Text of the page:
HAYDEN - In combat, Larry Scott said soldiers like him never considered the possibility that their own government was poisoning them.
The unthinkable endured in his mind long enough that he was 52 years old and had been suffering with cancer for two years before he found out the truth. He had been poisoned with Agent Orange while serving in Vietnam, during his year-long tour starting in October 1970.
The 62-year-old Hayden resident said last week that he only has a few months to live. Or less.
"I may not make it to Christmas," he said.
In the meantime, he's just making the most of each day, spending it with family.
"Dying doesn't scare me," he said. "It's the process of getting there that gets you nervous because you just don't know what's next."
At 20 years old, he had been working for a few years at a grocery store in Kelso, Wash., his hometown.
He had no intention of going into the Army, but he got drafted.
"I got the wrong lottery ticket, I guess," he said.
He was sent to Vietnam as part of the 101st Airborne, specializing in tactical operations.
"My main job was plotting U.S. troop movement in the field for the battalion," he said. "Usually carrying a rifle out in the jungle wasn't my main thing."
He got exposed to Agent Orange near the demilitarized zone that divided North and South Vietnam during the war.
Agent Orange is what's called a "defoliant," a chemical that causes leaves to fall off plants.
During the Vietnam War, the U.S. military sprayed millions of gallons of plant-killing chemicals to remove forest cover, destroy crops and clear vegetation.
"They sent me up there (to the DMZ) on a chopper to Quang Tri," he said. "Then they sent me out to a base called Hill 881."
He was there to plot U.S. troop movements, spending three days there.
"Then we got hit so hard, it was time to hit the boonies and get to a fire base for an 'Arvins'" pickup, referring to a term used to describe South Vietnamese troops, or the Army of the Republic of Vietnam (ARVN), he said.
He continued, "If we could get there, they'd get us out of there with choppers."
The U.S. government couldn't rescue him and the other troops he was with because he and the other men were under heavy fire from the enemy. So he traveled the roughly three miles south on foot, and was airlifted to safety.
He also spent a month in the A Shau Valley, along the border with Laos.
"You ever hear of Hamburger Hill? It's right across from that," he said.
Between his time at the DMZ and his time near Hamburger Hill, Scott was exposed to Agent Orange, though he didn't know it at the time.
After Vietnam, he said, "I came home and had a hard time adjusting."
He has been living in Hayden since 2001. He moved from Spokane, where he had lived since 1972.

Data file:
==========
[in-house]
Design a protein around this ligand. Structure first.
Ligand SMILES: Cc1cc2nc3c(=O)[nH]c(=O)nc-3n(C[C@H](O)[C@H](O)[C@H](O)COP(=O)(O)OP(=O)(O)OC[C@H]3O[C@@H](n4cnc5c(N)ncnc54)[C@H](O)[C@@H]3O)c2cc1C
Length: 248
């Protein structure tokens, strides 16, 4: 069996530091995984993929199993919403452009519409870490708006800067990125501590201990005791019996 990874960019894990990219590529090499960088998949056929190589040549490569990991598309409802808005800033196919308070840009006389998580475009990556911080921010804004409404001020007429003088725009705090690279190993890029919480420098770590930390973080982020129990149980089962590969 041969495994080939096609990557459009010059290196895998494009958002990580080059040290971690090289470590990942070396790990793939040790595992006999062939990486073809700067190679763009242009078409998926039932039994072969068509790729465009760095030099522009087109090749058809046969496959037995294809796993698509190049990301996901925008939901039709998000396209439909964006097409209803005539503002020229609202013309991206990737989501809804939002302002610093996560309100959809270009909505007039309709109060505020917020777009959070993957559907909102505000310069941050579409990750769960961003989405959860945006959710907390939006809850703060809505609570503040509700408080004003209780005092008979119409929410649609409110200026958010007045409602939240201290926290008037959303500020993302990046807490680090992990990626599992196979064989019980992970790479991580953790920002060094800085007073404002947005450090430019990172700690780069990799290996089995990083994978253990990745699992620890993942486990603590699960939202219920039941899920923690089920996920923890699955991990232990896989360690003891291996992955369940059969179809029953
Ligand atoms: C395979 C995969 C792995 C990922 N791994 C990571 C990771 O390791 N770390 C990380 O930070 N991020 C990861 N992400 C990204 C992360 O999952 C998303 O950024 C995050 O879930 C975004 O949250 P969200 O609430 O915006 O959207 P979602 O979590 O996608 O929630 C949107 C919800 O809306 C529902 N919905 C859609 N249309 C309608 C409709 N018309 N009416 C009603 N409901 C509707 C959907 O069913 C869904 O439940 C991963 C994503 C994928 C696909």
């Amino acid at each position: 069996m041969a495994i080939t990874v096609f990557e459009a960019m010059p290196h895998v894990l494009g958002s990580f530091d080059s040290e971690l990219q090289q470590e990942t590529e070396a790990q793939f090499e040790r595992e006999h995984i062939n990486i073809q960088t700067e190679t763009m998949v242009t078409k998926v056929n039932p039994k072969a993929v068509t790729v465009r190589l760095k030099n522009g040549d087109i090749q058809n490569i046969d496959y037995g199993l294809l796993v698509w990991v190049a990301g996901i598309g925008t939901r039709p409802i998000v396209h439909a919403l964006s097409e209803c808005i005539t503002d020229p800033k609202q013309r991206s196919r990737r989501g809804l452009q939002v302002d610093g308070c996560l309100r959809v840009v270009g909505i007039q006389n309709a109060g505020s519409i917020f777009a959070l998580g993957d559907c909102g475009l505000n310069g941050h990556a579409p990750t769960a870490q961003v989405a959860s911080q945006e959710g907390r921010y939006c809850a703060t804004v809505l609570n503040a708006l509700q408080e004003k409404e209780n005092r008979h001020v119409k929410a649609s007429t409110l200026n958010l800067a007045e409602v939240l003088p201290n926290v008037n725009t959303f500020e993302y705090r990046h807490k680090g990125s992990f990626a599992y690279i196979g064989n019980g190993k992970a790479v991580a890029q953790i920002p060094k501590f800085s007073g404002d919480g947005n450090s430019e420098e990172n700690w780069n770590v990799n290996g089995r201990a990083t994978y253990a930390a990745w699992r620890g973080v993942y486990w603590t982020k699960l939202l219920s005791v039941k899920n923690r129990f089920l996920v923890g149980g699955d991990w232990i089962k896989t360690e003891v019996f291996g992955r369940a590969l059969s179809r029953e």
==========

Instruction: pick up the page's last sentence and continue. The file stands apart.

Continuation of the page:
He spent his career in the trucking industry, doing both maintenance work and long-haul driving.
He has three grown children, and his primary hobbies were sports cars and travel.
Twelve years ago, at age 50, he found out he had advanced prostate cancer, spreading beyond his prostate.
He got pressured from his family and contacted the VA.
"I always said I was never around that stuff," he said.
The government researched his movements while in Vietnam, looking for any exposure to Agent Orange.
"They said, 'You weren't only in a heavily sprayed area, the DMZ and the A Shau was a high concentration,'" he said. "So there was no doubt in their mind that it was Agent Orange, based on when I was there and where I was at."
The VA took over his medical care, providing 100 percent of it at no cost to him.
"They said, 'You've got too many problems,'" he said.
Cancer doesn't run in his family, and prostate cancer like he has usually strikes years later, he said.
His cancer has been hard on his parents, he said. He has two older brothers who are healthy.
By 2006, he found out the cancer had spread to his bones, and he had to quit work.
It had moved into his vertebrae, ribs, both shoulders and the side of his skull.
He had so much chemotherapy over the years that he quit a few months ago. Now he's on Hospice.
His wife, Janet, said he maintains the strength and courage necessary to face his fate because of his faith and trust in God.
"And he's a busy person," she said. "I didn't know if I could keep up with him or not when I married him."
He plans to fight on.
His first grandchild is on the way in April.
"I'm hoping I make it that long," he said.
Knowing he's going to die soon has provided him with one luxury.
"I've been able to give my kids a lot of their early inheritance," he said. "And I've watched them enjoy it."
He has given out a couple Corvettes, sharing with a son and daughter his own lifelong passion for cars.
"It just overjoys me to be able to do that," he said.
He said a simple cold or something more serious like pneumonia will finally take him down.
"I'm going to die because of my military service," he said. "I accept that with pride, that I'll be giving my life as a result of serving my country."
Knowing how it's going to turn out, would he do it all over again?
"I'd do it," he said. "I'd still go."